What characterizes a good system for coding? How should different types of ethnographic data and different approaches to coding affect the framework of nodes? What are the dilemmas that have to be addressed when you design the framework? How does it make a difference if you work together with others or not?

11. Analysing fieldwork data through coding

A hands-on session in which participants work on the same text and explore the issues that arise in applying a set of codes. We will use the experience to discuss the subjective and interpretive aspects of the coding process.

12. Exploring additional analyses in NVivo

A hands-on session that goes beyond the fundamental code-and-retrieve functionality to explore the analytical use of additional functions in NVivo. We will, for instance, combine thematic coding with the use of sets, case nodes, attributes, and matrices.

Schedule

Monday 19 March

09:00–10:00     1. Introduction

10:00–12:00     2. Research design and access

13:00–16:00     3. Participant observation and life history interviews

Tuesday 20 March

09:00–10:15     4. Semi-structured interviews

10:30–12:00     5. Language, note-taking and recording

13:00–16:00     6. Relationships and risks in the field

Wednesday 21 March

09:00–10:45     7. Introduction to analysing fieldwork data

11:00–12:00     8. Working with quotations from the field

13:00–16:00     9. Writing and representing fieldwork data

Thursday 22 March (optional)

09:00–10:00     10. Constructing a good framework of nodes

10:00–12:00     11. Analysing fieldwork data through coding

13:00–16:00    12. Exploring additional analyses in NVivo


[1] Familiarity with the very basics means having opened the programme, knowing what 'sources' and 'nodes' are, and having coded something.

Deadlines:

Applications must be submitted via this online submission form. There has been great interest in this course in the past and the number of spaces is limited, so it is unlikely that we can accept all applicants. The application deadline is 1 February 2018 and applicants will be notified of the outcome by 9 February 2018.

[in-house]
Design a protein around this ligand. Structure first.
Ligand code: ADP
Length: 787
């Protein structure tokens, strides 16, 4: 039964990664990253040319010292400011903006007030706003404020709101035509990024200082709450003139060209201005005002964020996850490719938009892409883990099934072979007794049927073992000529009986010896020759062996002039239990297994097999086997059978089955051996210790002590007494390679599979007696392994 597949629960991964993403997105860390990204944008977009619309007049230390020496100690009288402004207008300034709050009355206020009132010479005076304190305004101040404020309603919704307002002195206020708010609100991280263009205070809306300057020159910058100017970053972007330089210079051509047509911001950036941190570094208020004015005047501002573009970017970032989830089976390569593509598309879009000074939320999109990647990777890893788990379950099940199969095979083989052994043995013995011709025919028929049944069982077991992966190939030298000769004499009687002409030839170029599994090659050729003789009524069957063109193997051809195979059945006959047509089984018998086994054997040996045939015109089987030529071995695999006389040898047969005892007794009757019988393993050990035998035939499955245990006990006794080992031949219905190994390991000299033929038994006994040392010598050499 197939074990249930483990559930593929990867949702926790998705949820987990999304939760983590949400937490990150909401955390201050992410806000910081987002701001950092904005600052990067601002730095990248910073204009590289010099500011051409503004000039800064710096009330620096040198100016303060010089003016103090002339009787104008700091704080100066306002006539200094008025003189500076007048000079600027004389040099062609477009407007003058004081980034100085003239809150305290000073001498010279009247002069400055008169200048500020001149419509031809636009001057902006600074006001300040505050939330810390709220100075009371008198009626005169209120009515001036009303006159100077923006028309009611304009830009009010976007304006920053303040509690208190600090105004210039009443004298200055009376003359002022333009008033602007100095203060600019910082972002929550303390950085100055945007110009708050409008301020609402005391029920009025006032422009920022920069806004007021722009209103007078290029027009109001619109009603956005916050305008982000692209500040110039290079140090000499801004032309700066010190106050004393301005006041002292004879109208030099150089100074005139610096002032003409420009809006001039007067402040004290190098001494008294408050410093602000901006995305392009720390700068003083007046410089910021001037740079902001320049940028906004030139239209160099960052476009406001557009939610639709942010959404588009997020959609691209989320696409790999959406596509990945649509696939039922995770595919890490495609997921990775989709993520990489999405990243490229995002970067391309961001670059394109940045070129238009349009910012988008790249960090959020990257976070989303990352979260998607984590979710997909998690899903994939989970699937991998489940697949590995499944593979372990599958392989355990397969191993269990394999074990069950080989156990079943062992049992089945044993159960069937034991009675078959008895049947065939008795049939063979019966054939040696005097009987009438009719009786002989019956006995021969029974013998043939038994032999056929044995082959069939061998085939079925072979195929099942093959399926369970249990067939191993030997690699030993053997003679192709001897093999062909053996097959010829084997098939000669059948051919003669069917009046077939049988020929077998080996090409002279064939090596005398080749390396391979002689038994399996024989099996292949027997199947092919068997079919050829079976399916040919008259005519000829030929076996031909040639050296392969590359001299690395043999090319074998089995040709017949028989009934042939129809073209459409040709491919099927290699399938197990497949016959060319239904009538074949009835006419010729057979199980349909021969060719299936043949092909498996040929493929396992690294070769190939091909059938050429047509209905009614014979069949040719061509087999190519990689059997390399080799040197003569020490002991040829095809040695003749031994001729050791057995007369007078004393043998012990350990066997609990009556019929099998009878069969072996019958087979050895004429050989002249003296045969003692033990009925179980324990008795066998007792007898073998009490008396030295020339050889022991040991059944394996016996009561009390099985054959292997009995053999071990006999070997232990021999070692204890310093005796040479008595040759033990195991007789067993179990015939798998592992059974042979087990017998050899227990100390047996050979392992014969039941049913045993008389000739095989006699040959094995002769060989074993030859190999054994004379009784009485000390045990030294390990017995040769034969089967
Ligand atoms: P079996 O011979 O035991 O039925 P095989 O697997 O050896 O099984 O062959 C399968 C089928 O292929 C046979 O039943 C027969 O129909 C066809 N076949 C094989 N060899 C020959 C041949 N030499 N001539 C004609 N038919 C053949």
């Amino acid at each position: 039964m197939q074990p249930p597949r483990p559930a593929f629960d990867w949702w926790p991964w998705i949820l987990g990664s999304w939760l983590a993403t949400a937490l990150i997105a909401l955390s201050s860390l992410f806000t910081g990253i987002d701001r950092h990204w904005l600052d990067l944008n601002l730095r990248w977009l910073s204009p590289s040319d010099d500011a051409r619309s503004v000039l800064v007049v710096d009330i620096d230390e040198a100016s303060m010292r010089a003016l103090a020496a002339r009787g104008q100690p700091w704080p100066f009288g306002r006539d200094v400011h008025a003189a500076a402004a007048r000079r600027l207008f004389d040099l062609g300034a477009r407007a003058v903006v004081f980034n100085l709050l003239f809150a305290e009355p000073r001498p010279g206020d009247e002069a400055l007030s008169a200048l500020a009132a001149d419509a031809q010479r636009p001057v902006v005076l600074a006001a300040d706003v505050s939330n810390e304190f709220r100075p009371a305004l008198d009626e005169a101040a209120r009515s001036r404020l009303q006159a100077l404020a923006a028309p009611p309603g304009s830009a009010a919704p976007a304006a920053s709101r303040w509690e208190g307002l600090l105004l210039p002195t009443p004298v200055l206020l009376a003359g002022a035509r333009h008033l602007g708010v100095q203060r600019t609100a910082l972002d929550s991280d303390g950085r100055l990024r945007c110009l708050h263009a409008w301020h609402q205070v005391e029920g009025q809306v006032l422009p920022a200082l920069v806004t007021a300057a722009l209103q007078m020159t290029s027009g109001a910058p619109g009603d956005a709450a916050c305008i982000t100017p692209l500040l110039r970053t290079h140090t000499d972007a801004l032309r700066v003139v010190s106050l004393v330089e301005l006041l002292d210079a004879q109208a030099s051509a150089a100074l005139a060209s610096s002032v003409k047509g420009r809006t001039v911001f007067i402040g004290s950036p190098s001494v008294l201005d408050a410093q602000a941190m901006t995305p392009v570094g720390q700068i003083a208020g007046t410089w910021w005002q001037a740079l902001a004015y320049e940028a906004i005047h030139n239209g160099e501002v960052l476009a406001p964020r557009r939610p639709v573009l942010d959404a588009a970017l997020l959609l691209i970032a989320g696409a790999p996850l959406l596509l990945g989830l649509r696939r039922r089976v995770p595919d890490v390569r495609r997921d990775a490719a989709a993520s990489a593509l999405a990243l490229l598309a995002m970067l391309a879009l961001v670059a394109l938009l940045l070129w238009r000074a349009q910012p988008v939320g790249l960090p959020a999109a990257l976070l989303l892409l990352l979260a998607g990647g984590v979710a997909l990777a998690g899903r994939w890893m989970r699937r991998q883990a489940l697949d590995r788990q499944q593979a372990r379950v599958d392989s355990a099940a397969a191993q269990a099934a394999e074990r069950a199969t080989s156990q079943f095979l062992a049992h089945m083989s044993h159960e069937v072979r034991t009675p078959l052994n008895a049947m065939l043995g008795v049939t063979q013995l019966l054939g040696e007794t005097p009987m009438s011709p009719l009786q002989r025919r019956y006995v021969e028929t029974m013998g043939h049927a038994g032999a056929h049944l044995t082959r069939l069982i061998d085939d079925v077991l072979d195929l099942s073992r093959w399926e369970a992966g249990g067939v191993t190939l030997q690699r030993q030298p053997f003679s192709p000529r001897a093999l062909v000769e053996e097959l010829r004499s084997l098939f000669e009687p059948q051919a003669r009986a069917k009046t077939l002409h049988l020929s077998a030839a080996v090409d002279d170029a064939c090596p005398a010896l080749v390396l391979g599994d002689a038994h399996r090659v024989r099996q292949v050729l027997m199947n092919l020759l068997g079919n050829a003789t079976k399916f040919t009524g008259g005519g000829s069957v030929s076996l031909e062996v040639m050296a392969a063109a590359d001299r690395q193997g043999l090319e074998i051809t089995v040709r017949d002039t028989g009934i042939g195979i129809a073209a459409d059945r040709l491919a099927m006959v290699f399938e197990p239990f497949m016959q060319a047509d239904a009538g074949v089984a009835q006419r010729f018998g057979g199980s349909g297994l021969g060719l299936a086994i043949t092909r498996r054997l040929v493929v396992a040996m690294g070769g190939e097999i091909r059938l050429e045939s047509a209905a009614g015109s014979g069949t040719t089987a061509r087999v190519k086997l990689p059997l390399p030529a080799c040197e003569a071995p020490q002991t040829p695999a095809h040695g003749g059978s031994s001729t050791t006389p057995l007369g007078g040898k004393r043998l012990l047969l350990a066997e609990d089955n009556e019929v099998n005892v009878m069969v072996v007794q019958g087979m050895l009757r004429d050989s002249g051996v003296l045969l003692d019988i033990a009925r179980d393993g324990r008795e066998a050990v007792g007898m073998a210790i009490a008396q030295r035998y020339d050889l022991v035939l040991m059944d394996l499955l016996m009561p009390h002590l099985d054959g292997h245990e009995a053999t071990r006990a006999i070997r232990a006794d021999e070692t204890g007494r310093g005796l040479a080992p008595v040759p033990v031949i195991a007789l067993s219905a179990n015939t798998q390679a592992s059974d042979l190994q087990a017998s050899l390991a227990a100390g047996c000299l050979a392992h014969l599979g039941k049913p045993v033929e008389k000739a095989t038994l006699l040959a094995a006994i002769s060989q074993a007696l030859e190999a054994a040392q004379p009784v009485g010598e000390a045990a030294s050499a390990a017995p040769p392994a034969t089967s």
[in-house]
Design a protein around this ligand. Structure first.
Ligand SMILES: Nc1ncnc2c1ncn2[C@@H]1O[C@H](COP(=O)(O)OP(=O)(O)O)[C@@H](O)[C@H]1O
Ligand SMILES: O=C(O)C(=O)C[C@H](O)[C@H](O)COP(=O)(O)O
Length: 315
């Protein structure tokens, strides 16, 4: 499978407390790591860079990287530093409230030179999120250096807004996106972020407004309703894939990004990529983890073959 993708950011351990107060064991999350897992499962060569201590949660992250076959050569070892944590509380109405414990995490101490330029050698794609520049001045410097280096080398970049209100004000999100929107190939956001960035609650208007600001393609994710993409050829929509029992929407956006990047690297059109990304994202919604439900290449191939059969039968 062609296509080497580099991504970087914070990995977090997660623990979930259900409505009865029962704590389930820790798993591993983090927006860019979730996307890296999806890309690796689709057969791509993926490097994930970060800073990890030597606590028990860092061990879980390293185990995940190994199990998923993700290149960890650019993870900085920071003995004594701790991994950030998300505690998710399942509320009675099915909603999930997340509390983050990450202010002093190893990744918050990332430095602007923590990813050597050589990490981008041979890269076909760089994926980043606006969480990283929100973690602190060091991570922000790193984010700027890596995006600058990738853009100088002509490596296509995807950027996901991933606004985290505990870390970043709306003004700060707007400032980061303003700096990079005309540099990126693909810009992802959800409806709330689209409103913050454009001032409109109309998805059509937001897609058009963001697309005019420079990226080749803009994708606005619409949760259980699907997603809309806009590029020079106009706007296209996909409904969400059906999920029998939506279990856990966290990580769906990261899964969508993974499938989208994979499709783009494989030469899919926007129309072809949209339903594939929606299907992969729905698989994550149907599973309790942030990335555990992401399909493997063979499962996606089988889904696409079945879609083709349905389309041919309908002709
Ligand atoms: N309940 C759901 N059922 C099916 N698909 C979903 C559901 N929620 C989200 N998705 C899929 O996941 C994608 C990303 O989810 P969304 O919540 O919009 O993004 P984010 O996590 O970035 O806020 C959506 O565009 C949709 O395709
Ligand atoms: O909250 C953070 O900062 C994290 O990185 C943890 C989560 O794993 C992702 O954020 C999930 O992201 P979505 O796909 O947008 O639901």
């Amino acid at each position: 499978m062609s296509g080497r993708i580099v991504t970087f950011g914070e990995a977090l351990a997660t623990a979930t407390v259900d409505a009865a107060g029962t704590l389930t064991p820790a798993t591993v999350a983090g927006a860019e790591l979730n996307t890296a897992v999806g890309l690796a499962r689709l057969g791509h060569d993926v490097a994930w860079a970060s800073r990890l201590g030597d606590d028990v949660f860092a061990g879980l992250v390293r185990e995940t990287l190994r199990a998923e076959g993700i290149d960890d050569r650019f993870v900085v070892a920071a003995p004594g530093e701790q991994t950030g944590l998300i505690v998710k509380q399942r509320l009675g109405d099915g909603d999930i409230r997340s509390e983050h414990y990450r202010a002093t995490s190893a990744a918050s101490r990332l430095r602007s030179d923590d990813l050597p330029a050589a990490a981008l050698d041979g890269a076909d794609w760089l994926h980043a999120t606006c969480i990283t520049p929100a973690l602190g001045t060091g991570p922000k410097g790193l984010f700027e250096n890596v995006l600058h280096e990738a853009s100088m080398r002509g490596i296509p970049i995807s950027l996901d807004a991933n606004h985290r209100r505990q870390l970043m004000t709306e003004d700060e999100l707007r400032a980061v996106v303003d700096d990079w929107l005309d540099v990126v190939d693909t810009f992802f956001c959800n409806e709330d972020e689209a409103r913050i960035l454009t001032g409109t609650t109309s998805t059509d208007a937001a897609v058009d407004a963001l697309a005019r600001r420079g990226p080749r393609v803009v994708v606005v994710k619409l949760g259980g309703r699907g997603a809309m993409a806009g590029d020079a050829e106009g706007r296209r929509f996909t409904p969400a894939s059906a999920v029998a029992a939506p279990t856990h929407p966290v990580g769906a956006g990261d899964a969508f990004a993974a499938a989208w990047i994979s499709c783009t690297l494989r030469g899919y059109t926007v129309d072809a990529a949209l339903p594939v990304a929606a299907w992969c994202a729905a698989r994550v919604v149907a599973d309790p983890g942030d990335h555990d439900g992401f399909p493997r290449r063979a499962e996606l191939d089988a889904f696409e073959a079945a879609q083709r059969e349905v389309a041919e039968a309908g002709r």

Requirements:

​In order to obtain credits for the course, participants must submit a paper of 3000–5000 words. (Deadline to be confirmed.) The paper should address all the following topics:

·      The relationship between the research question(s) and fieldwork-based knowledge

·      The specific fieldwork methodology employed

·      Methodological and ethical challenges and ways of addressing these challenges

Depending on the nature and current stage of the participant's own research, the paper can be an account of fieldwork methodology already employed in their own research, a plan for fieldwork methodology to be employed in their own research, or a plan for fieldwork methodology to be employed in a proposed future project.

This course is free of charge, but students will have to cover their own travel costs. PhD students may apply for an accommodation stipend.

Admission:

​Please indicate if you will participate on 22 March in the comments section of the application form. 

All participants must upload their CV.

Course Literature:

​Reading lists for each session will be distributed to participants after admission to the course.



Please address any application questions to Marte Nilsen.